Neighborhood locked in power struggle
Nevada Appeal Staff Writer
Linda Gentry stood in the backyard of her Oreana Street home Tuesday and waved her hand toward the Sierra Nevada.
“I bought my house for the view and now the power lines are going to ruin it,” said Gentry, whose property backs up to South Saliman Road. “Why can’t they put them along the freeway?”
Within a few weeks, NV Energy ” formerly Sierra Pacific Power ” intends to install 28 power poles on the east side of Saliman Road between Koontz Lane and Fairview Drive, an official said Tuesday.
John Perra, area service manager for NV Energy, said that to accommodate the views the poles will be five feet taller than the standard 45-foot-tall poles. They will also be sturdier than the average pole so the wire spans are farther apart and the tops of the poles will have metal brackets that protrude about 18 inches on which the lines are hung, instead of the commonly seen cross bars.
A meeting tonight at Seeliger Elementary School, hosted by the power company, intends to explain the project to residents. Perra said he will provide reasons why the lines are not going to be buried, or built along the freeway, or why it’s not feasible to increase the power loads on existing power poles.
According to Perra, the project is needed to prevent existing electrical transformers from being overloaded.
Residents whose homes back up to Saliman Road and others who live in the surrounding neighborhood are upset with what they perceive as the power company’s shady tactics.
“I think it is kind of sneaky. The electric company didn’t have to inform us that this is happening,” said Eva Reynolds who lives on Brookside Way, on the west side of Saliman Road. “I would much rather have the power lines underneath the ground, aesthetically and health wise.”
There has been some debate in the last 30 years over the possibility of electromagnetic fields from power lines causing or promoting cancer.
“Despite more than two decades of research to determine whether elevated (electromagnetic field) exposure, principally to magnetic fields, is related to an increased risk of childhood leukemia, there is still no definitive answer. The general scientific consensus is that, thus far, the evidence available is weak and is not sufficient to establish a definitive cause-effect relationship,” states a 2006 report on the subject from the Environmental Protection Agency.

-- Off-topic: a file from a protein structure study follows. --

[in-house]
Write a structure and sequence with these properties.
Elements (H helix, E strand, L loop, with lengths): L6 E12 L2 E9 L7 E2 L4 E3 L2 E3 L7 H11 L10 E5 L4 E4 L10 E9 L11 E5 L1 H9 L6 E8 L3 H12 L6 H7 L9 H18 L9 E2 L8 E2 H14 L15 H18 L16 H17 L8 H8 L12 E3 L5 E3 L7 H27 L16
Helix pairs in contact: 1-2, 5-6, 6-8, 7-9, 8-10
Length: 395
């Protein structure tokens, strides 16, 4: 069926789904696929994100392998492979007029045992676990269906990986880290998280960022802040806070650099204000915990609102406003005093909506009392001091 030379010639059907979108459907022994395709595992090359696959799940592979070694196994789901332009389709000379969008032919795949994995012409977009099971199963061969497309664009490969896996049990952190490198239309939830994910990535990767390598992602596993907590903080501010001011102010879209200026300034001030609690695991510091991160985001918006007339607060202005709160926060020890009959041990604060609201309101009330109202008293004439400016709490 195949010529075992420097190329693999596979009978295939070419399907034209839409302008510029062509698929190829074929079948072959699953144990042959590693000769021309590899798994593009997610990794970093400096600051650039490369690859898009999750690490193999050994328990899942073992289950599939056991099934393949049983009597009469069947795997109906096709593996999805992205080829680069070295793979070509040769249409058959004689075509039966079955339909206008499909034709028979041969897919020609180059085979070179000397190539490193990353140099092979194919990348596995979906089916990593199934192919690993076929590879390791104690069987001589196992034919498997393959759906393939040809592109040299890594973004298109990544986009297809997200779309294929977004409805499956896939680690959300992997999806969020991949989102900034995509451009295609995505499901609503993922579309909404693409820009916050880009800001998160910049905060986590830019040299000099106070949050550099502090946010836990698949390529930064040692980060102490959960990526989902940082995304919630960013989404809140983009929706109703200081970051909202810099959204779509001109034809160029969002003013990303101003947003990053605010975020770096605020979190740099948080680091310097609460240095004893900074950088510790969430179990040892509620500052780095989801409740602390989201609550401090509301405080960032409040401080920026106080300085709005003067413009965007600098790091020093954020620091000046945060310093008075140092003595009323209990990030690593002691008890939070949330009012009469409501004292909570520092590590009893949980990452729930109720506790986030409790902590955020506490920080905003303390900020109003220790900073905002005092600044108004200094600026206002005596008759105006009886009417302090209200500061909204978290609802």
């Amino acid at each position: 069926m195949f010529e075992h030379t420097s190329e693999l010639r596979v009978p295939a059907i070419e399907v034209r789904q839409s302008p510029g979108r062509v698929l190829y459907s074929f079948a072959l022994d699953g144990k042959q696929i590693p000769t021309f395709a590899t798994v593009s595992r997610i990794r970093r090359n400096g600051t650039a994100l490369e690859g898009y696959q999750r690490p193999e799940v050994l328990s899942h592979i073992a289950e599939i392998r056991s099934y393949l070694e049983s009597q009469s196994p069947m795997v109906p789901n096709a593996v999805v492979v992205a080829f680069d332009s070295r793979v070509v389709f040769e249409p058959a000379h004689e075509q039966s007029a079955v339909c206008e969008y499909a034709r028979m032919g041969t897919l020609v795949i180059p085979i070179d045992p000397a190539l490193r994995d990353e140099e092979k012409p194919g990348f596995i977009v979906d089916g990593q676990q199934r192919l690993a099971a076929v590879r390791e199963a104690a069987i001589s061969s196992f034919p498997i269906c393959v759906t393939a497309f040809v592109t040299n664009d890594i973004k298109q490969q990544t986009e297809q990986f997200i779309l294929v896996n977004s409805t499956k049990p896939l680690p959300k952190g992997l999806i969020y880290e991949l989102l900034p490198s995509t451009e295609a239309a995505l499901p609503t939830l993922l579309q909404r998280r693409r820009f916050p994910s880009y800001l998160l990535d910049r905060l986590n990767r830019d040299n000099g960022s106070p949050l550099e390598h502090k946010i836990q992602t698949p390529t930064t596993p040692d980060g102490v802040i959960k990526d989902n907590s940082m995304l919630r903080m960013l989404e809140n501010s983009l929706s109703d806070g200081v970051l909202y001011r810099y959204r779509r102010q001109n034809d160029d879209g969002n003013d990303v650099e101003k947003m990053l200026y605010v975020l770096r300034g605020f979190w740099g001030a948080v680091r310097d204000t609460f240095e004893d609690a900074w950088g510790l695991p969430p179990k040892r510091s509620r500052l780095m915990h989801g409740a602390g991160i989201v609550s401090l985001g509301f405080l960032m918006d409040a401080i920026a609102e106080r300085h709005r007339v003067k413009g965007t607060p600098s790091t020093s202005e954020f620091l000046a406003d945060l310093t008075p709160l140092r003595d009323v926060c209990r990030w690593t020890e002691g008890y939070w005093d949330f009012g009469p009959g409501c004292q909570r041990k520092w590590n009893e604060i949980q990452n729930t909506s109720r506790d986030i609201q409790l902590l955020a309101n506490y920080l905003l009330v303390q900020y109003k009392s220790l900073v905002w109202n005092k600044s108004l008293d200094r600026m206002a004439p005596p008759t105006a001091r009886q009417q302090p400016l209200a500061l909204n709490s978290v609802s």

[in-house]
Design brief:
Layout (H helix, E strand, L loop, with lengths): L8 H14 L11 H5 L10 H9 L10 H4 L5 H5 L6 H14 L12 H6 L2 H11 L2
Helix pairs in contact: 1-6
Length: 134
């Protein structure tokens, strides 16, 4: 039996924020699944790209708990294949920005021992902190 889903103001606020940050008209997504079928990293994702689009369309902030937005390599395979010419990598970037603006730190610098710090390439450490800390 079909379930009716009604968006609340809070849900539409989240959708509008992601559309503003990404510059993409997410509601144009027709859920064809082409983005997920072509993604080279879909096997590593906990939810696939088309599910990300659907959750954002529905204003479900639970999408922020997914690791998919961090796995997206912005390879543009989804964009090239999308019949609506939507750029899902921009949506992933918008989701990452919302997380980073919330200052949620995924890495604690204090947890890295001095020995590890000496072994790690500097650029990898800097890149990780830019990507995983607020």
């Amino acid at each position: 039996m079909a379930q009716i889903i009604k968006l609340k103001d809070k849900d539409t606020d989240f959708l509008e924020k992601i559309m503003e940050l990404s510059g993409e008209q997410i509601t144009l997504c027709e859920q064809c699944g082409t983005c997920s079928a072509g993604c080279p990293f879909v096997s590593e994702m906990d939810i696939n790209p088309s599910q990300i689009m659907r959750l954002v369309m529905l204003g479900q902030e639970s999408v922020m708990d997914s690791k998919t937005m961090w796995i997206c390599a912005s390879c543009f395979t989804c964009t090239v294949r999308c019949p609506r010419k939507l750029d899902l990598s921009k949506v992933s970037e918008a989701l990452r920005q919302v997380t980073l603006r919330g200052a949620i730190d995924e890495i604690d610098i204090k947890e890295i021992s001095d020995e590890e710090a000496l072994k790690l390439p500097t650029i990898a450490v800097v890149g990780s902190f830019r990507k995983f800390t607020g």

According to the EPA, there are no federal standards in the U.S. limiting occupational or residential exposure to power line electromagnetic fields.
The EPA Web site does offer tips on how people concerned about possible health risks from power lines can reduce their exposure. The two suggestions are:
– Increase the distance between you and the source.
– Limit the time spent around the source.
Clare Hardy, who also lives on the west side of Oreana Drive, said that’s not an option for homeowners whose back fences will be flush against the poles.
“Because of the health risks related to power lines, particularly childhood leukemia, it’s really essential that city officials and utility representatives involve the people affected,” she said. “There are several children along this street who have cancer, and their parents are concerned that living near power lines is going to increase the chance of that cancer returning.”
Hardy also understood Gentry’s opposition.
“It’s going to be dreadful. Everybody who bought houses on the east side of Saliman road did so because of the fantastic view we’ve got. They are going to be completely destroyed by having power lines over our backyards,” she said.
Among Jo Hensley’s concerns is the way in which the neighborhood learned of the large project. Hensley lives on the east side of Oreana.
“Apparently one of our neighbors found out about it, that’s how we all found out,” she said. “It’s just kind of unfair. They are going to put them where they want to put them.”
“I’m amazed that the utility company can be so all powerful,” she said.
– Contact reporter F.T. Norton at email@example.com or 881-1213.